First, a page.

Imagine looking at this heavenly entitlement for centuries from across the Irish Sea. Or as a native in 17th century New England having a Congregationalist explain what Joshua's exploits meant to them in the new promised land of their own.

    We are left with the absurd notion that the Protestant tradition tiptoed across the world and never did any harm to non-European peoples, never worked hand in hand with imperialism or served as its hand maiden. And centuries after Luther when Anglo-Scot evangelism kicked off to share its vision with the world, they moved out into continents that had already learned something of Christ from 16th and 17th century missionaries whose stories I will spare you the details of. For an interesting perspective, see H. G. Wells "Outline of History".

    For a tradition that presumes that it is so much more superior, it doesn't seem to leave a vestige in any area for any common hopes. A 21st century Catholic, when speaking of Popes, has the heritage of John XXIII, John Paul II and the prospects for Francis the I. A mythology if you will, but here goes: JP-II as a follower of Christ - and as a Pole - stands up to the Soviet Union and does more than armies to avert Armageddon - something that seems awaited avidly in other quarters with hopes of technicolor broadcast. And Francis, a Jesuit who shows up in Brazil of all places - and three million flock to see him. No coercion. No district convention. He's just there to talk. Bigger than futbol. A get together about half the size of the whole JW movement in one city Brazilian city.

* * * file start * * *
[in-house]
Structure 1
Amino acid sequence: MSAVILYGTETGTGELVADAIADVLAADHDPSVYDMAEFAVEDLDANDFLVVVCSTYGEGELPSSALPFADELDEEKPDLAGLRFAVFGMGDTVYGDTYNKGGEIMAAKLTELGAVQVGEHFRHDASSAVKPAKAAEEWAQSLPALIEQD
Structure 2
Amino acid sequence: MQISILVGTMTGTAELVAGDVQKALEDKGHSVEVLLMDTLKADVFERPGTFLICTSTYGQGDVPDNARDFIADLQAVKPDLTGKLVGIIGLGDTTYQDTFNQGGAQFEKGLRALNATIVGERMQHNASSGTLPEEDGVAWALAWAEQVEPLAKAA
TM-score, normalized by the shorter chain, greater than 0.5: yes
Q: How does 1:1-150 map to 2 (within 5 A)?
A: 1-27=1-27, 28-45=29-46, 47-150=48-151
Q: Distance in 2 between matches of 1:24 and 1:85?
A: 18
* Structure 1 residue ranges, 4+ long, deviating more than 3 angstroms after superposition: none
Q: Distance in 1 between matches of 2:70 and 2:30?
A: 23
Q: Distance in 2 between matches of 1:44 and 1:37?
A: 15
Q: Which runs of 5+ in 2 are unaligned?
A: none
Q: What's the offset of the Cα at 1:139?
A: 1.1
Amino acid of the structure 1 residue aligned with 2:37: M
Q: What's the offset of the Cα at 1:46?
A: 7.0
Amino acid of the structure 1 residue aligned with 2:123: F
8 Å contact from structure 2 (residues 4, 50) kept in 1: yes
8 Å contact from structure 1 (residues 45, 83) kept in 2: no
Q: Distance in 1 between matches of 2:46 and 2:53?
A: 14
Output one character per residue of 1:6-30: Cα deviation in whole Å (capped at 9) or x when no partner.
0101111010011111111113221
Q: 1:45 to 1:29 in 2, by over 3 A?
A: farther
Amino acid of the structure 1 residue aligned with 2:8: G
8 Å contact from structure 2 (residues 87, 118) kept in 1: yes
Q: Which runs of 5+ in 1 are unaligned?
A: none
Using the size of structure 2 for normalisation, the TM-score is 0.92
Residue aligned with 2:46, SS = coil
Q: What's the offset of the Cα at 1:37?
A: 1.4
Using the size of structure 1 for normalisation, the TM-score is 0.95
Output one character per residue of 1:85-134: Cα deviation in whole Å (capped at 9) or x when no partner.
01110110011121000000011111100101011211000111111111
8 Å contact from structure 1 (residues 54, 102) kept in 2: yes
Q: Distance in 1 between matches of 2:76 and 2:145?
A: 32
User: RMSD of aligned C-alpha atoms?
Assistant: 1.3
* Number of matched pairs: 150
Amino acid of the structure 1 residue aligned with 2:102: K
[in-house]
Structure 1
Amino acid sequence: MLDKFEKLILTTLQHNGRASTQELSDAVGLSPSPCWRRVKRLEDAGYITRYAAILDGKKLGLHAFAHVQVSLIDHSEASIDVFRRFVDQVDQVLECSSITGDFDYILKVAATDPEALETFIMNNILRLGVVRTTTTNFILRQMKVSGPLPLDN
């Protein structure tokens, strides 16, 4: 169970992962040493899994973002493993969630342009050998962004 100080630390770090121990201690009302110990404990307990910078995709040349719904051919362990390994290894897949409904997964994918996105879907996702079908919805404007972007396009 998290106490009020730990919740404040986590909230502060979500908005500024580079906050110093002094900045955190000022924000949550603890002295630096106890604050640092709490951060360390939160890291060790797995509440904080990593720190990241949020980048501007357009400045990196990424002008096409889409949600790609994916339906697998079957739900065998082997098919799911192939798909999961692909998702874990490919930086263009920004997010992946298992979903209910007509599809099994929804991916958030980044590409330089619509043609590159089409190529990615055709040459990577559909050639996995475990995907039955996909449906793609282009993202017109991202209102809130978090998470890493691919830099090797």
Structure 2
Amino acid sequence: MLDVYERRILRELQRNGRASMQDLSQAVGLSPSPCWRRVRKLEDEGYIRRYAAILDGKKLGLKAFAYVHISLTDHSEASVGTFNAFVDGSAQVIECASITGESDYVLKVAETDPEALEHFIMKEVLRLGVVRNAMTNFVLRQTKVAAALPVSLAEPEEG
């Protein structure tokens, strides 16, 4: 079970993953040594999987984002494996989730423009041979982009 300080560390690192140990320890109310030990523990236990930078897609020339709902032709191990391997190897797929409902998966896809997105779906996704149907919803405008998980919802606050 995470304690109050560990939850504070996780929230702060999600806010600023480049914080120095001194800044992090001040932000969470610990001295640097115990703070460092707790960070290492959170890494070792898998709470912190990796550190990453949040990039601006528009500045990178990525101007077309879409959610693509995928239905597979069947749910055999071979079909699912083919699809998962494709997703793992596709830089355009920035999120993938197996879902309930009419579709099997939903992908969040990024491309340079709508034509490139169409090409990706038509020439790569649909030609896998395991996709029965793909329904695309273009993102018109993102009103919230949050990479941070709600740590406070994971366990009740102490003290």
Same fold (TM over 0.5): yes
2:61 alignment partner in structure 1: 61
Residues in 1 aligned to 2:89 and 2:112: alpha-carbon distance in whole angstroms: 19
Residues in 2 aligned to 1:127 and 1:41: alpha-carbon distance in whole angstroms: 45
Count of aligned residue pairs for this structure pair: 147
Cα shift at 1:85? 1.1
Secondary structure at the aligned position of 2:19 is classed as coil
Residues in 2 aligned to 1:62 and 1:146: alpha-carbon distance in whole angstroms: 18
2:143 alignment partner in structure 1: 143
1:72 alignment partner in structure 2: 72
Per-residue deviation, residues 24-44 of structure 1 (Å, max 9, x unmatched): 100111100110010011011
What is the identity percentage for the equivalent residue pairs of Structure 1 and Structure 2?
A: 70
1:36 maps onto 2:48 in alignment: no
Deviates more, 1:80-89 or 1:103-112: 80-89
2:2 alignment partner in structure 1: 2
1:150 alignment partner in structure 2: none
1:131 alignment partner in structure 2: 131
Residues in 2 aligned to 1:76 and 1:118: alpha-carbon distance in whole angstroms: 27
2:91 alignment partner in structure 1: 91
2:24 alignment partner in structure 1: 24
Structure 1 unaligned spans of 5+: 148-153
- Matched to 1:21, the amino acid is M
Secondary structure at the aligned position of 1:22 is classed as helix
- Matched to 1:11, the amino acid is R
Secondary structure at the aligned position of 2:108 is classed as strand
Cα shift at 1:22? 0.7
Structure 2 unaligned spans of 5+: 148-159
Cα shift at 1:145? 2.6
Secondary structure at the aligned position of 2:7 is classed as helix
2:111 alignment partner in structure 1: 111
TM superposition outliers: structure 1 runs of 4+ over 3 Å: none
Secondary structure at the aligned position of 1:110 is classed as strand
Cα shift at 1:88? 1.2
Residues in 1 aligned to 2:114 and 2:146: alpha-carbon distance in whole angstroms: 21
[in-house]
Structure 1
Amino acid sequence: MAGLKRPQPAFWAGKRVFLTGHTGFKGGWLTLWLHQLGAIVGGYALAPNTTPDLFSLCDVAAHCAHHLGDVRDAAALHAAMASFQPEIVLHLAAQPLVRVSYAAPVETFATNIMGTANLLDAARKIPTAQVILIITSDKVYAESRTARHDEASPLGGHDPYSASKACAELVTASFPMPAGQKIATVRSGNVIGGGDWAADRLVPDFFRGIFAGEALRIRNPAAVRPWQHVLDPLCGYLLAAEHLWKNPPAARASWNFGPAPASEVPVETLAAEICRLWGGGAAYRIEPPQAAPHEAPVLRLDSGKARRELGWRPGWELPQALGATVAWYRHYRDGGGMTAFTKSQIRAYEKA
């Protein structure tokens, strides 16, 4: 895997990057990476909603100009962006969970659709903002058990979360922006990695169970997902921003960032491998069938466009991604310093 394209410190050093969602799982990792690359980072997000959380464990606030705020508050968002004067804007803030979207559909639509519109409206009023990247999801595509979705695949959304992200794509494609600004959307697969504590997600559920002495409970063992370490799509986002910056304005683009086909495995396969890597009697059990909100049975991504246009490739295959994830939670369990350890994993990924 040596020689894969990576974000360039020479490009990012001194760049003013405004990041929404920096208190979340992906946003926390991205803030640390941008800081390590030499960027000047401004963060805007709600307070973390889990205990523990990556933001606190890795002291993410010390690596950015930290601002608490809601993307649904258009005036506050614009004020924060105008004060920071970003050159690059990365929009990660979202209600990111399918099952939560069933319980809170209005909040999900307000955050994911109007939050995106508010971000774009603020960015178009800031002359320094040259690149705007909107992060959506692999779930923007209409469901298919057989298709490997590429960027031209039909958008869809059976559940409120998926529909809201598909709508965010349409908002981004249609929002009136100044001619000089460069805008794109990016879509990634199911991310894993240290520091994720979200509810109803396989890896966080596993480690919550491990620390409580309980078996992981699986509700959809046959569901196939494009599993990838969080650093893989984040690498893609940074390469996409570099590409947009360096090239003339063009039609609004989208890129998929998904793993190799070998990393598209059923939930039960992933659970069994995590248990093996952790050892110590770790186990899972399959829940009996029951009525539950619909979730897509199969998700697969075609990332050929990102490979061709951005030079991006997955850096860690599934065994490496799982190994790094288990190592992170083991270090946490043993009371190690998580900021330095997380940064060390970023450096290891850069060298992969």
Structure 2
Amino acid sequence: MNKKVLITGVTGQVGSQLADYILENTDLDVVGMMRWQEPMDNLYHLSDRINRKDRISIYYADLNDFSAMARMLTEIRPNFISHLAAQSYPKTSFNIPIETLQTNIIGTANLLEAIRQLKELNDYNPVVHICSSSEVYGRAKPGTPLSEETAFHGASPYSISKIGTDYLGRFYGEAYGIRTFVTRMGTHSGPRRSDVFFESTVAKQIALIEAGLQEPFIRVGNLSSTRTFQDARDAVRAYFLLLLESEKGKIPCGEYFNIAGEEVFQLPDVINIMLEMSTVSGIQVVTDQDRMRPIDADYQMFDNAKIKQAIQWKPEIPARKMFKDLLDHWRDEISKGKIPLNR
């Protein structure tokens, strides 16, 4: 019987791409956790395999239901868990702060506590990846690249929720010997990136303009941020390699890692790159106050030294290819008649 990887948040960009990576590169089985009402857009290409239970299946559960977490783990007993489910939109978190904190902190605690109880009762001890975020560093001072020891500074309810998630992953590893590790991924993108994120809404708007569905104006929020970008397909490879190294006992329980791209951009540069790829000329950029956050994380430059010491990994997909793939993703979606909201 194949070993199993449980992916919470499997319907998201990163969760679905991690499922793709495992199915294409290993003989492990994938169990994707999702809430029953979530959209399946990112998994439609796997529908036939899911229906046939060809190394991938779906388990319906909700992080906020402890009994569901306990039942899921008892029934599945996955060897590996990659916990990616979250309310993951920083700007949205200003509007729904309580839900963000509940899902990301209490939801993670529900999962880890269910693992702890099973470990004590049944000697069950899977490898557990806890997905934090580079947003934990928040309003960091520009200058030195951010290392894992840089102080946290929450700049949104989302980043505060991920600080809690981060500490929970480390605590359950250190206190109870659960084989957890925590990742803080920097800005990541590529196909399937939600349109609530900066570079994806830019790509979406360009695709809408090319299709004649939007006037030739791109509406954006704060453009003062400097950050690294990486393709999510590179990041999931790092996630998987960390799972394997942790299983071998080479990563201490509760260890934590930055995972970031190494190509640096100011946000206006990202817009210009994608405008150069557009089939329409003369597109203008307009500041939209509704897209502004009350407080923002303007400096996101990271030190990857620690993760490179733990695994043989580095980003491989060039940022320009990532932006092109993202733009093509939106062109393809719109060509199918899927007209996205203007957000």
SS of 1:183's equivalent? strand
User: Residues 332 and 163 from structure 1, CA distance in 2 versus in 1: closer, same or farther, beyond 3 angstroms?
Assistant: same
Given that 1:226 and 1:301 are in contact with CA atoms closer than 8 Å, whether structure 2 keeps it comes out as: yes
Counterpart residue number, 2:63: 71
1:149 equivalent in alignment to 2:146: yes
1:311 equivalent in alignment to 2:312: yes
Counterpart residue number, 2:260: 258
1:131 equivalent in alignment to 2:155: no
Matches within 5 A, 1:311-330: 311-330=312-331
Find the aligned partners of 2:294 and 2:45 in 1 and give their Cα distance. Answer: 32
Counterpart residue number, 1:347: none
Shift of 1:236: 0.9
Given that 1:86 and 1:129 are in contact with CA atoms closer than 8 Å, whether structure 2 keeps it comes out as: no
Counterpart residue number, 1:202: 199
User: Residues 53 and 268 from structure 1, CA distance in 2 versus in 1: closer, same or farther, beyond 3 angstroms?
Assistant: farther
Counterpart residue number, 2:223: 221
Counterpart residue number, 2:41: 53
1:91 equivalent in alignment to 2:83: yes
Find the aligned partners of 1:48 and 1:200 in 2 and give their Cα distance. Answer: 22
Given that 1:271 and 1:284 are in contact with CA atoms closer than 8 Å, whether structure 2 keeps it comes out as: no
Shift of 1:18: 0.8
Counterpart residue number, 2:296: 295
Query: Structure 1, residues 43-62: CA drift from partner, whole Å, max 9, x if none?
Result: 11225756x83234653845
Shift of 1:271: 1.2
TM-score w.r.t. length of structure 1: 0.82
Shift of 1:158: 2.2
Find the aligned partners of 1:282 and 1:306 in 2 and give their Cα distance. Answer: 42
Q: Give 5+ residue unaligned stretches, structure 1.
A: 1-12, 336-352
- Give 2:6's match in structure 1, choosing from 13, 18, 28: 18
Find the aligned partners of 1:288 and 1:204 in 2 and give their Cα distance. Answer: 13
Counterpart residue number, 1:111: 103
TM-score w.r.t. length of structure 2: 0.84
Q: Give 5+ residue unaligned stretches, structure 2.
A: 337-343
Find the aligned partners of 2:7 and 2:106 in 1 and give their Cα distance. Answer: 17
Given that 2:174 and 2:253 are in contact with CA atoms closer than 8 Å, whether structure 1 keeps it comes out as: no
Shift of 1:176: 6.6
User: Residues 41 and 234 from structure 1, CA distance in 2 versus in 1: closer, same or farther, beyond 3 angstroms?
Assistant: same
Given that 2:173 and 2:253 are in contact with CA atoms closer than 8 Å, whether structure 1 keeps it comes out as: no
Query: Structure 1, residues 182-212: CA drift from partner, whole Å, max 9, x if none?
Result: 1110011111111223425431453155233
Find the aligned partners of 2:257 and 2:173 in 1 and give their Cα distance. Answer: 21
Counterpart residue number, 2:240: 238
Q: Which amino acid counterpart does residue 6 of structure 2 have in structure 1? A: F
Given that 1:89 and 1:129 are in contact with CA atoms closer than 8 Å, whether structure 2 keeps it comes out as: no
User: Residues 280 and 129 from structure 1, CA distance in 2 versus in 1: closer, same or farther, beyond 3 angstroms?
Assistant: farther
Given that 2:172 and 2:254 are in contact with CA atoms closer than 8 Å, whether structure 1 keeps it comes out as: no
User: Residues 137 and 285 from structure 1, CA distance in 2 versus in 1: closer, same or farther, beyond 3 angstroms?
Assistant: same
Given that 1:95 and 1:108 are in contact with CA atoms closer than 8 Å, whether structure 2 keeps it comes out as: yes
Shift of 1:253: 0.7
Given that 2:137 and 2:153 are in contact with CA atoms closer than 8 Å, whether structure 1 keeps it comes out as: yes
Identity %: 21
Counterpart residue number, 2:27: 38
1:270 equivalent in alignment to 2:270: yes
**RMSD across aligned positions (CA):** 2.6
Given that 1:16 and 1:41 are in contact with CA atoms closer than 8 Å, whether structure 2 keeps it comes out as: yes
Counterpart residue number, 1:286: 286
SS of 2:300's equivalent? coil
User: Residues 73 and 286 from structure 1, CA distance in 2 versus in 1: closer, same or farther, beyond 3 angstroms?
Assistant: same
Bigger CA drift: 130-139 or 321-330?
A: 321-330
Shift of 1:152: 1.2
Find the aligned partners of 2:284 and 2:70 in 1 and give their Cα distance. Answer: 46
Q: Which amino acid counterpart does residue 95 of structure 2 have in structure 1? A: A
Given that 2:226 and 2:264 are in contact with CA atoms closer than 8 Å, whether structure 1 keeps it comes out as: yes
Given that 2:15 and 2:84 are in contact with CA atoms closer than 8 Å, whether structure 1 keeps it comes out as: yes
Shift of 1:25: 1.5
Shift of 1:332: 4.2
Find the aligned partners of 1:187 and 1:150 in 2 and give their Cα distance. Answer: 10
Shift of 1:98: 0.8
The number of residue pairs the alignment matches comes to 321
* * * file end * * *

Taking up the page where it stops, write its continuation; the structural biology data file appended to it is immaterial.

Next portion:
• Londo111